I'd like to let everyone know the Kindle version of my novel is free this weekend (June 18 and 19). “The Last of the Freemen” is a dystopian tale set in the not-too-distant future, following the descendants of the rebellious Saxon Freemen, and considers the importance of culture and kinship in resisting tyranny.
Who were the Freemen? Long ago when Charlemagne conquered the Saxons, he required that they convert to Christianity or be killed. This led to some violent years, with the last holdouts being the middle castes of free and freed men, who lost not only their religion, but also their right to own property allodially, that is, without any ruler having a claim on it for taxation or tribute; thus were they reduced to peasantry. (Thomas Jefferson envisioned an allodial system of land ownership in the U.S., sadly not adopted.)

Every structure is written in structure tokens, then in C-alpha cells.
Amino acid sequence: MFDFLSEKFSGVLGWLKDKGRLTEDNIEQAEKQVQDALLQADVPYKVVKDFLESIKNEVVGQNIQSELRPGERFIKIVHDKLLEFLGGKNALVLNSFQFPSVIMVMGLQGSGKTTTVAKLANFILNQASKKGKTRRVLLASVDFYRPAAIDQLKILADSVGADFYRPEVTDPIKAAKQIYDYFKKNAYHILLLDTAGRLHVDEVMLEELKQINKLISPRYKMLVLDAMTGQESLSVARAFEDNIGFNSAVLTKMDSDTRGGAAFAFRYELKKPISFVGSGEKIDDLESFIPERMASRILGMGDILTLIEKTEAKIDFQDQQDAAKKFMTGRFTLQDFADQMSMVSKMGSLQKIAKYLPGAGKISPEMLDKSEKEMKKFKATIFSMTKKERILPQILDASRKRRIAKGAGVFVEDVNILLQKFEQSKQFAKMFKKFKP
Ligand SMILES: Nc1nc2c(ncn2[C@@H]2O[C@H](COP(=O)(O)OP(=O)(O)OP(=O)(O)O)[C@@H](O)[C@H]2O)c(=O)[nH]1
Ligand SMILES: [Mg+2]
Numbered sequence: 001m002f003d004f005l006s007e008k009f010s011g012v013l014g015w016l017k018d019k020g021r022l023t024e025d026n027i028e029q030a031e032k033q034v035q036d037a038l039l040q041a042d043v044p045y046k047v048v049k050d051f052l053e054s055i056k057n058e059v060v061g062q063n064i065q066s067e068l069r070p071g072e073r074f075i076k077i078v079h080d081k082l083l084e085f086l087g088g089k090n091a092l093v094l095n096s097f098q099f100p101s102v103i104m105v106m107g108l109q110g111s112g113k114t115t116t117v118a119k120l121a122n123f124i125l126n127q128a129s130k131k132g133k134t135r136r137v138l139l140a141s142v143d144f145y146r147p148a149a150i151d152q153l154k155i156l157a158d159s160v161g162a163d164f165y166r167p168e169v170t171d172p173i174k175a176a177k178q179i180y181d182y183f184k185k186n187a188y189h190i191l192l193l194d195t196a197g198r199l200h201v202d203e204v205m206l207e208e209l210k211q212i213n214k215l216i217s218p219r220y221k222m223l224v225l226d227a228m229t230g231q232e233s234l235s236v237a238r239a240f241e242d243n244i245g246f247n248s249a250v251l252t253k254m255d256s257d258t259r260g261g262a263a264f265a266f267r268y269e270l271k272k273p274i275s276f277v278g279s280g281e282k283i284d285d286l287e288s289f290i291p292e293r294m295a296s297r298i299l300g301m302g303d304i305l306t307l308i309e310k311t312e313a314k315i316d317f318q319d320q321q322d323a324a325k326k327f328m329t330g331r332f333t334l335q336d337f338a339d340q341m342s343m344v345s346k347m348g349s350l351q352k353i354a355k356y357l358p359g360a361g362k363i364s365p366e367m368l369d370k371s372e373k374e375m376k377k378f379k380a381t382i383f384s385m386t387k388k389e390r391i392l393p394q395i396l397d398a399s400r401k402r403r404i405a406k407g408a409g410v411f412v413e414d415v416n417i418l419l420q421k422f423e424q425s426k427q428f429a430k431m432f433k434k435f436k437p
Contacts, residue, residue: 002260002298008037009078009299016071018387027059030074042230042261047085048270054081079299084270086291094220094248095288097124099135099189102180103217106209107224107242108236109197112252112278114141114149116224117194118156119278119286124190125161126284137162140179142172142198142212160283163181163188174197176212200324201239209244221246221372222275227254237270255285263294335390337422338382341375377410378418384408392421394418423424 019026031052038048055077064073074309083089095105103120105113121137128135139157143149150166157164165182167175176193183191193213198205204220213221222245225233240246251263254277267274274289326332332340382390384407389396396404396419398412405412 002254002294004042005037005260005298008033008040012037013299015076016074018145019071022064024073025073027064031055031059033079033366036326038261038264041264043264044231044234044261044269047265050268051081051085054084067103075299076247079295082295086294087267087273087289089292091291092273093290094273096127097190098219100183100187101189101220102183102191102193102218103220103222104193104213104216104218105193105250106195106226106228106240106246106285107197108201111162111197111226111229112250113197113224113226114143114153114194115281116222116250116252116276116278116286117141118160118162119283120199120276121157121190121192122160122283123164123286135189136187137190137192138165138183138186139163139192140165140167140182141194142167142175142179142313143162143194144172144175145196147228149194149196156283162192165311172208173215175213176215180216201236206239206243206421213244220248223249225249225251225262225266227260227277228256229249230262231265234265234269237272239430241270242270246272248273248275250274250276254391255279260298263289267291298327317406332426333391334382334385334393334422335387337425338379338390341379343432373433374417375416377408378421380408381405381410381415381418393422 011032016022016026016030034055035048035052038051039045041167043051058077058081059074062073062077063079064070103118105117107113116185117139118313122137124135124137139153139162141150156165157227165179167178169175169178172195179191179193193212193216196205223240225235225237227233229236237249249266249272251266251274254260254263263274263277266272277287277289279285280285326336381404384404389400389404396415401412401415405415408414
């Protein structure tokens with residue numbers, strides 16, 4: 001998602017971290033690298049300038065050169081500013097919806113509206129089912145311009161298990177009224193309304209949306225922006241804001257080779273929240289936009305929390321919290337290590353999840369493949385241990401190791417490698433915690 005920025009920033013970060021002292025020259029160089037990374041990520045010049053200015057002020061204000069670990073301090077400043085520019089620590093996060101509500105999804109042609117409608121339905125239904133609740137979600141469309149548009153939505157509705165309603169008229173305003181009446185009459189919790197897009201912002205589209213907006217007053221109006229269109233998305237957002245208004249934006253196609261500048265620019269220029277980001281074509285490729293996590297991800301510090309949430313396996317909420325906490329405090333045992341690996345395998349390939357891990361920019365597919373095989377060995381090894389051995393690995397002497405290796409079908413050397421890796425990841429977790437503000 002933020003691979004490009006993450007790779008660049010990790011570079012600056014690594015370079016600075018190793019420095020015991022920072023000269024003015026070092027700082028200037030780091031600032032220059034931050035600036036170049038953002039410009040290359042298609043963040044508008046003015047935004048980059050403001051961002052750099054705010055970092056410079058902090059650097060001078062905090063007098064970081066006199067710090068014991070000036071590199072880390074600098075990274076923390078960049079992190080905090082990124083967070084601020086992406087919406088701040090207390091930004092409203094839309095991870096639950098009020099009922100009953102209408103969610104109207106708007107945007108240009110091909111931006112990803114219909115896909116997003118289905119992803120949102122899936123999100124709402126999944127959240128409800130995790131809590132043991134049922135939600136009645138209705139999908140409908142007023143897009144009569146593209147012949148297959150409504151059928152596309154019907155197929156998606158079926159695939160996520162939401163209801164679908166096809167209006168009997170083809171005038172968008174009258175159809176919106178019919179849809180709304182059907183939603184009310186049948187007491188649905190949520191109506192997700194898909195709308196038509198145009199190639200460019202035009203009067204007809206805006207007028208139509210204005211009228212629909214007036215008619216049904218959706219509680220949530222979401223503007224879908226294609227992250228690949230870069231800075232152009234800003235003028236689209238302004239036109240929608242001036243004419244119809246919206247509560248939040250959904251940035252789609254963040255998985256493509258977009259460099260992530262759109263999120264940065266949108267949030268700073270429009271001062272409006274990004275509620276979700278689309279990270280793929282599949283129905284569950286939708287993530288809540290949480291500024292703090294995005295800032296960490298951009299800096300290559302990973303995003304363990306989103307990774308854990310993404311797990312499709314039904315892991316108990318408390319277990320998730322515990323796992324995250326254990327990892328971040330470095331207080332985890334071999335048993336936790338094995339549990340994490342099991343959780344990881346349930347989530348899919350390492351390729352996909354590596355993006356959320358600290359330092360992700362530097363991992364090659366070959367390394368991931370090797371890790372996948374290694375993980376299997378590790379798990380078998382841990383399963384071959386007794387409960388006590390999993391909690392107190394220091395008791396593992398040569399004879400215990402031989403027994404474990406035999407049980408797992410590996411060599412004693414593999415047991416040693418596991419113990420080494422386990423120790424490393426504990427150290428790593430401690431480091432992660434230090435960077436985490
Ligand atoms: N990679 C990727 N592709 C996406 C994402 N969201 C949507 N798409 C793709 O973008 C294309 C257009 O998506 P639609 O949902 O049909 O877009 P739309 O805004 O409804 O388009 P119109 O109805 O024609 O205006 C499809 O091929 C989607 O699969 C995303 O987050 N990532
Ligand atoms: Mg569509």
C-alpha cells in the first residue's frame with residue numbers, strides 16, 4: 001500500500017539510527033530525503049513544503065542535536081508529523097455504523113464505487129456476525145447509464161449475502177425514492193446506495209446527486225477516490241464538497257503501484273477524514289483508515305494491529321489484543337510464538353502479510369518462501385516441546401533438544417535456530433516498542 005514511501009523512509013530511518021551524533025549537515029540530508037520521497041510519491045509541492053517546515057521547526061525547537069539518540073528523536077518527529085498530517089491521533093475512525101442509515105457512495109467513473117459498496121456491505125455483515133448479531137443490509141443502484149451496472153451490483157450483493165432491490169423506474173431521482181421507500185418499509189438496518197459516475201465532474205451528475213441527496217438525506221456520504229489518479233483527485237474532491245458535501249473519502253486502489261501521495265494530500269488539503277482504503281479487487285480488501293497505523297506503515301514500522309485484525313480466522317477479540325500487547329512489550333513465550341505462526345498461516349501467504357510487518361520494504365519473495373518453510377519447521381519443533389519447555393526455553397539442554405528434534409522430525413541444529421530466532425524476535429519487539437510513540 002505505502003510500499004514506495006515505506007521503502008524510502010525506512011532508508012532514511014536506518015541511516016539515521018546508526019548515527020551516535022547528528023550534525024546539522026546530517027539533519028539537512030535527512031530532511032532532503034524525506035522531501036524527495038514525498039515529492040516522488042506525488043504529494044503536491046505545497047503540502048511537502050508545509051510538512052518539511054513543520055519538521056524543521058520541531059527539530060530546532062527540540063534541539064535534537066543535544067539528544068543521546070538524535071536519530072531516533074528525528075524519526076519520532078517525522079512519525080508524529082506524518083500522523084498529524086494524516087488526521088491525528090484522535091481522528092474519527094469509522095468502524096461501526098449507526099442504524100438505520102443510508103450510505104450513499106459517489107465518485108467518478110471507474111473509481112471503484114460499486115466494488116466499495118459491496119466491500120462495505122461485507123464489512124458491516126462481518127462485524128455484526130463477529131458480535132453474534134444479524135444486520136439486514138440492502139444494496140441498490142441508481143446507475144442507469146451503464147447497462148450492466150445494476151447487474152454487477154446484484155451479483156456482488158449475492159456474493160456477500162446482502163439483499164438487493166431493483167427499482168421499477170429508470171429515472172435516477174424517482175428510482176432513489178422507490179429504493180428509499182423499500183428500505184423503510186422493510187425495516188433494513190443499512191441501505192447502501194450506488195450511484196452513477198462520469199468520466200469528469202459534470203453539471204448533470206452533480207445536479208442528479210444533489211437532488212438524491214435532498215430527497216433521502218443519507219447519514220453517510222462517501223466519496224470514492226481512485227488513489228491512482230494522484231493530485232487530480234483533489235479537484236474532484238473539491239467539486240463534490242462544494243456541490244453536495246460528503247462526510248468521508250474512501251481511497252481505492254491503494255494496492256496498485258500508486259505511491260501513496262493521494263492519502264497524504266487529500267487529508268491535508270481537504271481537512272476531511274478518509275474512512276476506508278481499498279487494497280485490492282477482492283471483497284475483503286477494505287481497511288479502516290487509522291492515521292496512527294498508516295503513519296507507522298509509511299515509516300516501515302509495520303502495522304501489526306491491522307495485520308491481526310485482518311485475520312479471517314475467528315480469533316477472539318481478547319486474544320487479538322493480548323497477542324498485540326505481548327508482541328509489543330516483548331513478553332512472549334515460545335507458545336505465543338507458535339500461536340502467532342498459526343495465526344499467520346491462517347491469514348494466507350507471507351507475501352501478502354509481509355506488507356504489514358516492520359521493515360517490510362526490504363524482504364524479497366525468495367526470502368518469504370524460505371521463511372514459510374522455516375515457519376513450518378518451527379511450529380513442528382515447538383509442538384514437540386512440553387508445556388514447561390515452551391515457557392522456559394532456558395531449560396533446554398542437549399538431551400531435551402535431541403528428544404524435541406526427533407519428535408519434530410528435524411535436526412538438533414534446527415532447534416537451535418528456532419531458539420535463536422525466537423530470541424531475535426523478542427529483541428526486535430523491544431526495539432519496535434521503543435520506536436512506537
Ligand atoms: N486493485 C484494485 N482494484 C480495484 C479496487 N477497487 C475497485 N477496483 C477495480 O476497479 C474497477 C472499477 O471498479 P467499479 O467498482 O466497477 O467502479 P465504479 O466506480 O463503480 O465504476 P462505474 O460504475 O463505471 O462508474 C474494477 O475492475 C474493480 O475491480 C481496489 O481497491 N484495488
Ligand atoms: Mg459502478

The modern Freemen in my novel have adapted by growing as much food as possible without overlords knowing, creating a measure of freedom, and cultural identity, for themselves. I've called it crypto-horticulture for lack of a better term, and kept with plants used traditionally for food in Central and Northern Europe; what they practice is akin to permaculture.
“Western” agriculture takes blame for things about which individual Western farmers have had very little to say. As James C. Scott points out in “The Art of Not Being Governed”, monocultures are not a natural human tendency - they arise when arbitrary rule comes along. Empires love monocultures; they provide control and revenue. Mark Shepard has also commented on this, I believe.
I see clear connections between freedom and sustainability. Permaculture is gently subversive to empire. “The Last of the Freemen” arises from my imaginings of what an anti-empire, sustainable culture might look like.